didn't cook much knowing that we would be doing so for the holiday, so
it was the first time we noticed. I guess one could argue that we
were "stupid" for not ensuring that our appliance was still plugged
in, but after 7 years of having no such issues with little children
around, it didn't occur to us that 30yo's would do such a thing or not
at least ask whether or not something was critical when they unplugged
The freezer was not moved (as one post discussed the circumstance).
For the post about "on first knowledge," I wanted to ask for
information from those likely experienced with the issue first. I
heard about it when my wife called yesterday. As soon I was home, I
posted and we cleaned out the bad food. Maybe I'm naive there too, as
it was after 5pm and I waited until the next business day rather than
bother the guy after-hours ... I at least try to be polite.
With regard to "observing the work" posts ... I've read in the past
where some contractors do not mind, but some hate being observed. I
don't like people looking over my shoulder, so I tend to let "pros" be
"pros." I guess that I'm naive there too.
With regard to the "I do my own jobs" or the "I watch every step my
contractor makes," posts, I don't know what to say ... yeah, maybe you
know every electrical code, housing code, and have the time to watch
every step a guy takes and every move he makes, but for people who are
hiring people because that is not our expertise, we expect that
licensing and certifications and experience and referrals hedge that
bet because we pay for that in the rates people charge. Otherwise,
you're arguing against the industry to not trust any of them and to
"do it yourself" (basically).
To benick ... yeah, I learned a lesson, but to suggest that I should
have posted *before* something happened is just ridiculous. When I go
to a mechanic, I don't ask "should I ask whether you'll put the car
back together after your guys are done replacing the part that is not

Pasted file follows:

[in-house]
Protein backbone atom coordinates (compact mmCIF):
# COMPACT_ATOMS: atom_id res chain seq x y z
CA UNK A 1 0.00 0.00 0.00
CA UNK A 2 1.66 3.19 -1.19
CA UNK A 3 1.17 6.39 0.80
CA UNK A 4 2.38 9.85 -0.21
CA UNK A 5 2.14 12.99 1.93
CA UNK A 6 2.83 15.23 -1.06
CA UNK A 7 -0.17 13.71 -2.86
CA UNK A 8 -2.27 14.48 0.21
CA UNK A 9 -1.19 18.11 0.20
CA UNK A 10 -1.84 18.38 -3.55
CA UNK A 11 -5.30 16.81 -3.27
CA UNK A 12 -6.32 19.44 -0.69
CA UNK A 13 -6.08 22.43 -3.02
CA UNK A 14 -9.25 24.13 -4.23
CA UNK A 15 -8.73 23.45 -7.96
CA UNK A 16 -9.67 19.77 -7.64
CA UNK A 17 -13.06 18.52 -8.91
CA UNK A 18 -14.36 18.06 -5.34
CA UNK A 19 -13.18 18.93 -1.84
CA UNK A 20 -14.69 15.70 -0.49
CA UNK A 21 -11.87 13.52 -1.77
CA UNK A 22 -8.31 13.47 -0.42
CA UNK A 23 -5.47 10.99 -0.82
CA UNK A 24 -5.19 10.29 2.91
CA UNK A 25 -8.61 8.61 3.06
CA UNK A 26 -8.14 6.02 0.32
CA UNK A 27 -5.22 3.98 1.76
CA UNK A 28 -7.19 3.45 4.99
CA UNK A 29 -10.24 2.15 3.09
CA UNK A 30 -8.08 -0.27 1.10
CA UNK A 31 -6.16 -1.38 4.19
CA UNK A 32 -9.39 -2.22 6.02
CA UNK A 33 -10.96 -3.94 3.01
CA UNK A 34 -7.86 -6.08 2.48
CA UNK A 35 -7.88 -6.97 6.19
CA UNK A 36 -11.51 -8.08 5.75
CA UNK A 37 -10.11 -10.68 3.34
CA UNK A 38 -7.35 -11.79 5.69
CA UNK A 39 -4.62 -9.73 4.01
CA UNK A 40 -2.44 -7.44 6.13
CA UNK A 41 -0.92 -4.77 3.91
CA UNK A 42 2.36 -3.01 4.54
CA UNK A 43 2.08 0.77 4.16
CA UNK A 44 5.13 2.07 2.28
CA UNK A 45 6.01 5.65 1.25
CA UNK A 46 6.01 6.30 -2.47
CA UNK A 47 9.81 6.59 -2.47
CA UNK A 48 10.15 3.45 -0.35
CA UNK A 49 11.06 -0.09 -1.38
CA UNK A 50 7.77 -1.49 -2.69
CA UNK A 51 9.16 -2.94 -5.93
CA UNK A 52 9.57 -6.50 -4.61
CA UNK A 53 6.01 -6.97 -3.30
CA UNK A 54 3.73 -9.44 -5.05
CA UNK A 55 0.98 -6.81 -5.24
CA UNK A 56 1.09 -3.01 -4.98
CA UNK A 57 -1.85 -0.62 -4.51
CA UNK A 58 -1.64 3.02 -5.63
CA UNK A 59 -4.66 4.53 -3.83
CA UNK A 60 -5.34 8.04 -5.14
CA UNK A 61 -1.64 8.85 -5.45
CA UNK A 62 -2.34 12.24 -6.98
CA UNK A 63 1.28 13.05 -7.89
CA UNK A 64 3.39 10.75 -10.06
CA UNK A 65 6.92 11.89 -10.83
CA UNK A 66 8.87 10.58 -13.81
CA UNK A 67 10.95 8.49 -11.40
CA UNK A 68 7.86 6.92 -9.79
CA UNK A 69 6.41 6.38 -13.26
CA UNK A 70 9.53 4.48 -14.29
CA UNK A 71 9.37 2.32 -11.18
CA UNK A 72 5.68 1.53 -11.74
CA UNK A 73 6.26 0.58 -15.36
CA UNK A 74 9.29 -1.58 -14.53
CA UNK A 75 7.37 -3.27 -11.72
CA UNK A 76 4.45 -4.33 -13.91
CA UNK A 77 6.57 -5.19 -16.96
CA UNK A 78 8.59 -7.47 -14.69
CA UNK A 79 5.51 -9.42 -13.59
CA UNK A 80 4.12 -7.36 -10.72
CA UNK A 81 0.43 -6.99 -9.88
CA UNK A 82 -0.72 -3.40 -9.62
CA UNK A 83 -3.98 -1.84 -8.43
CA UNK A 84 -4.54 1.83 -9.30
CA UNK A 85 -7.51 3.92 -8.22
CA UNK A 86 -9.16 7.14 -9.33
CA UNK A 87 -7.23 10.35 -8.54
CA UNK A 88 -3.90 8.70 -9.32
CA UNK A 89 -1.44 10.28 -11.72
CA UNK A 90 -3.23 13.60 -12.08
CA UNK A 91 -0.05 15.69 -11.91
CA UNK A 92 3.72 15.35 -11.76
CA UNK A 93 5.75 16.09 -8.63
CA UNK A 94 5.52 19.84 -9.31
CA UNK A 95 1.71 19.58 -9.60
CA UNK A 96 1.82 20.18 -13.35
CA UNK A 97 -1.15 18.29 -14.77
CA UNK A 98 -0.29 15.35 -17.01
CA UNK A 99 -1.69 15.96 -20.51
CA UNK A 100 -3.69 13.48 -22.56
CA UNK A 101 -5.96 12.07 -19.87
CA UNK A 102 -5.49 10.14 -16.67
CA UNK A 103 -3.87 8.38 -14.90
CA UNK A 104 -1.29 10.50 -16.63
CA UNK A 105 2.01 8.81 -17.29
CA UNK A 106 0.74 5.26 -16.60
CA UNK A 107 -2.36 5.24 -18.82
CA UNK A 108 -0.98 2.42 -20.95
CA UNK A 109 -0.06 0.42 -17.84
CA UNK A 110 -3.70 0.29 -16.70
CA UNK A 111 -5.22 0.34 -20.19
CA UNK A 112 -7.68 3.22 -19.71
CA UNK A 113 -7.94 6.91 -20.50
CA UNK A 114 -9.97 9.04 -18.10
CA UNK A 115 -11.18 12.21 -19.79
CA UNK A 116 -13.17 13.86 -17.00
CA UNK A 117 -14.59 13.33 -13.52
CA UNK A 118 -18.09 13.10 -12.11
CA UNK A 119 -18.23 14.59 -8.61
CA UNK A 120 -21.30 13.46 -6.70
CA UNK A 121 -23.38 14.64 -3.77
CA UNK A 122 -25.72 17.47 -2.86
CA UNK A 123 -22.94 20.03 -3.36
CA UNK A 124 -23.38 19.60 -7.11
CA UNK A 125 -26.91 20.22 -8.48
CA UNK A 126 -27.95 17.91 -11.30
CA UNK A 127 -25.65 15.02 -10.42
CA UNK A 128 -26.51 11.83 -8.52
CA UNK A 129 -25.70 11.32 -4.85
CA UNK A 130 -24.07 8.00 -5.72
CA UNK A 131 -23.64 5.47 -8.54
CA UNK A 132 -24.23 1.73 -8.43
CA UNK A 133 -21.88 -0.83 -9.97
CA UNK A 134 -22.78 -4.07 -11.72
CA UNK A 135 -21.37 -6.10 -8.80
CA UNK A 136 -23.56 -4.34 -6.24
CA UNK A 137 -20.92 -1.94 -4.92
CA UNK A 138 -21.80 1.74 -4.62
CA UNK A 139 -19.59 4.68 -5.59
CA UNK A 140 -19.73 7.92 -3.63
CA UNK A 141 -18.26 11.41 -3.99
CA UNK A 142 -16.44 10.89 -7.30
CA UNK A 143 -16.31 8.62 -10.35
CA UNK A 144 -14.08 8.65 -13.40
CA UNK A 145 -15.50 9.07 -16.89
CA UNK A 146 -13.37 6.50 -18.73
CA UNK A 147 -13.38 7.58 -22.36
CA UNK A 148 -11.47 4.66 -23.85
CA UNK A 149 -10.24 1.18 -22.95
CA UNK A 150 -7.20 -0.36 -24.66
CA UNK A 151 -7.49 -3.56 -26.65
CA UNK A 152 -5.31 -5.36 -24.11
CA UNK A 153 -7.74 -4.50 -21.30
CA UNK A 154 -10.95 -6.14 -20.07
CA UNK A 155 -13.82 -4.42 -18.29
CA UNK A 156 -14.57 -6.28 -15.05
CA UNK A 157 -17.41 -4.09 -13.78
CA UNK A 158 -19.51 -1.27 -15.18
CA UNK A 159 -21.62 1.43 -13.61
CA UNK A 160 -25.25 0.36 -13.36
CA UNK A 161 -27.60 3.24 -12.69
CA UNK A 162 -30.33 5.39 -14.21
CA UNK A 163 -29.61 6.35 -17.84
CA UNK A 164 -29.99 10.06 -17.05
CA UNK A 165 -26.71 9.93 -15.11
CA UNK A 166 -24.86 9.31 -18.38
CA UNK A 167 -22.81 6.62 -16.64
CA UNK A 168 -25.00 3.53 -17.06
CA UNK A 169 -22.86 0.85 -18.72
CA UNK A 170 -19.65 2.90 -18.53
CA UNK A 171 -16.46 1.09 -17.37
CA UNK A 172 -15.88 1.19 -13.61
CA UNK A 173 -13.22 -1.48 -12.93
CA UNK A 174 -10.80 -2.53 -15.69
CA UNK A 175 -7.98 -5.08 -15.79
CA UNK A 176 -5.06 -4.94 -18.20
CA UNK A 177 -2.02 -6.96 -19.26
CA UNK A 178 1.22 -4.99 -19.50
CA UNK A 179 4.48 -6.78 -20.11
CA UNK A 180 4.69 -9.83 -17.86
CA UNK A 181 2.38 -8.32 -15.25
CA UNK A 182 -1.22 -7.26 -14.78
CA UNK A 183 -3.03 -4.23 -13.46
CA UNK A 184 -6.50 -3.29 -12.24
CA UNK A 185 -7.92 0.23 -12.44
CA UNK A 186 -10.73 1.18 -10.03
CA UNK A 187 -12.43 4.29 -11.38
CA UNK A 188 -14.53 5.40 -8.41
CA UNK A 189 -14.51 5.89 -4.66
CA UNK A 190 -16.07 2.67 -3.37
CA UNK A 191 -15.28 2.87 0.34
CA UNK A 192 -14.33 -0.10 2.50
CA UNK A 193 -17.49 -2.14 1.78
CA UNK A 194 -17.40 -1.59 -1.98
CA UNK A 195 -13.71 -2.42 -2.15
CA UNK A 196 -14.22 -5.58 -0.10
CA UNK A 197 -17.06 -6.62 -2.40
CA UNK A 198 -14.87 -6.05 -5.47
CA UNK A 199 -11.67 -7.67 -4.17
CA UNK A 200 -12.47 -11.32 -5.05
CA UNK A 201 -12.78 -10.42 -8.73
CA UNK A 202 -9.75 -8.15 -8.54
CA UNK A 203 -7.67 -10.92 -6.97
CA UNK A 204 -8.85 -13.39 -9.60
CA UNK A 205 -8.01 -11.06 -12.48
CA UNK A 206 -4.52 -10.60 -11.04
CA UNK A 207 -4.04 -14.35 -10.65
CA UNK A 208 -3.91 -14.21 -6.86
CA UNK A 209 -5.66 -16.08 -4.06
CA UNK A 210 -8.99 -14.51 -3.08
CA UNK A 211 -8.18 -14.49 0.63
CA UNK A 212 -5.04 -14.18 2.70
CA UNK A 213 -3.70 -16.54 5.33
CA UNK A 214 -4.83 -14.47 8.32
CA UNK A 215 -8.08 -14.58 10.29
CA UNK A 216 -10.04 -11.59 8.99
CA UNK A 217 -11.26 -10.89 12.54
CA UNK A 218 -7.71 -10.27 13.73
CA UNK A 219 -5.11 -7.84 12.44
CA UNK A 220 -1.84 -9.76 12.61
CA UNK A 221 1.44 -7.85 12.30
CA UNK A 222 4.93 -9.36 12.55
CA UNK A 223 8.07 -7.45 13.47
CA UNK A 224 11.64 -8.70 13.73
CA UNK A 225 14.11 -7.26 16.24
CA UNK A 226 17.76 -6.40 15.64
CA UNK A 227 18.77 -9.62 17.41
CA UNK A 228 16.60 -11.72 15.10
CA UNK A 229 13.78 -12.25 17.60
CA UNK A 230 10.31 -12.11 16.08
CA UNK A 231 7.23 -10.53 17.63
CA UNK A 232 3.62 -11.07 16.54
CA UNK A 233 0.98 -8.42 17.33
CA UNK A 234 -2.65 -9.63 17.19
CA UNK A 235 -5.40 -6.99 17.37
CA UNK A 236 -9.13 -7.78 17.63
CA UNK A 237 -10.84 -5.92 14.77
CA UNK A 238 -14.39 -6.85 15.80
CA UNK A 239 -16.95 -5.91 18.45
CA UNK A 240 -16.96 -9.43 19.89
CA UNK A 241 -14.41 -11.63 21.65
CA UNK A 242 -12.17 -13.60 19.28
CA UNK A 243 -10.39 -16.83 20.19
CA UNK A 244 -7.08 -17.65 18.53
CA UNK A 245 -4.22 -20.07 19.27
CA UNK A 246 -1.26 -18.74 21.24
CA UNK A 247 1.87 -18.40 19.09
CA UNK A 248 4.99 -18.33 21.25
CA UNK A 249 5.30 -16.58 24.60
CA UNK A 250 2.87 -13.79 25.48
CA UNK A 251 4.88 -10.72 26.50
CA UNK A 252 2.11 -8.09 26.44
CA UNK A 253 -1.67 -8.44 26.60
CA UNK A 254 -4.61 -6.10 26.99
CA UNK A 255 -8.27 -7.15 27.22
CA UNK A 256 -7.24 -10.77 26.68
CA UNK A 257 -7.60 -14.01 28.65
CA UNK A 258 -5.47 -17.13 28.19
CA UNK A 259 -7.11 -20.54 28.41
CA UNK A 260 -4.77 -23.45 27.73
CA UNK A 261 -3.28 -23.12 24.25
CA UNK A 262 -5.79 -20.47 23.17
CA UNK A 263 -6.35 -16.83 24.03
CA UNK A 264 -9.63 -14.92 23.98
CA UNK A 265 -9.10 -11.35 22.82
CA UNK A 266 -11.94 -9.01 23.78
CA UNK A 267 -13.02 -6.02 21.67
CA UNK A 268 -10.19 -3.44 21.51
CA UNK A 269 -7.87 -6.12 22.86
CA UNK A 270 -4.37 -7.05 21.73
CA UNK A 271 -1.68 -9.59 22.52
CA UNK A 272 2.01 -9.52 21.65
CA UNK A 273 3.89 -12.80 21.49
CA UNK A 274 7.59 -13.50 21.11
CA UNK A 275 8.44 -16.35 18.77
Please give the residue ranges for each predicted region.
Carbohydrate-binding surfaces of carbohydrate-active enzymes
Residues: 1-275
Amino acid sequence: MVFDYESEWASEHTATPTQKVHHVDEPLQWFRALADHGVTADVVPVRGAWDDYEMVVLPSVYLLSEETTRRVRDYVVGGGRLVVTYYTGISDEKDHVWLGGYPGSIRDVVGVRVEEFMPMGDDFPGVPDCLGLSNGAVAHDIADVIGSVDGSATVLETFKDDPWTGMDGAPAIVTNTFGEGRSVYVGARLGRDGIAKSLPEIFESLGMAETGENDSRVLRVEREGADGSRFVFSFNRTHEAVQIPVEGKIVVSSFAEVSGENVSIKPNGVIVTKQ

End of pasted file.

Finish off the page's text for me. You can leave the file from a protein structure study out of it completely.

functioning properly?" It was a negligent issue on their part ... I
work on networks, but if someone asks me to help with their home PC or
network and I agree, I don't just go delete files off their system and
then say, "tough sh*t, you should have told me not to do that" after
To that, I accept part of the blame as well. Apparenlty, I should
have taken pictures before/after, checked that every piece of the room
was back in its spot before/after, stood there watch every move the
guys made and somehow have known that they installed the equipment
properly, to code, and set it up to the optimal configuration.
I don't know ... somehow I think that most contractors do not want a
homeowner looking over their shoulder every moment, asking about how/
why at every turn. But I guess that's what it takes.
Lesson learned ... I am eating the cost and am thankful for the
replies. I will get a freezer therm for the future and look at things
differently going forward.
It's unfair for you to eat the total cost. I'd file a complaint with your
local agency, and let them give you a third binding opinion. As with some
complaints, you may strike out there, too, but it doesn't cost anything, and
I think you should have gotten at least a better response or attitude from
your phone call.
What was the food worth. He has liability insurance, but since he
doesnt seem to care send him a bill of what you think the food costs
to replace. Maybe include a note on your conversation with him and
that he at least must share in your loss. Id record any future
conversations with him. Bad thing is now I wonder how he will handle
your warranty work you paid for already. He knows one bad refrence is
worse for him than 100 good ones, so give him time to think about your
bill of food cost that you lost.
Hi Tom. It's been a long thread and I've read much but not all oif it.
Here's my overall take. Yes, I watch contractors but i don't hang over them
every second. Last time one worked in the garage (where my freezer is) I
warned them that if they needed to unplug it, fine but to let me know (so
I'd know to check it). They did infact need the outlet and warned me.
Perhaps it was the mere mention of it, or that I opened it and pulled out
food which I fixed for the guys, but they remembered to plug it back in. I
In my case, I'd have noticed it sooner but it may have been too late if in
high summer. I know I would have called and left a message right away (as I
was cleaning it out) but I wouldnt have truely expected more than the fellow
to feel bad and warn his crew to avoid future occurances. At most I would
have expected a partial renumeration in the form of some sort of 'money off'
for a future job. Sort of like 'hey, I know we were looking at that fence
part, let me give you a 100$ off on that offer I left you'.
PS: I go in my chest freezer almost daily and definately would when I have
contractors. I'm known locally by them as a good cook and I always feed the
guys. You'd be amazed at how they react when they sniff the fresh bread
baking (which they know is for them) mixed with the rotisserie chicken they
helped me lift out the day before for their lunch, and the
lentil-tomato-peanut stew for the vegetarian which makes them all a nice
side dish. Thats just one sample meal, lots of others.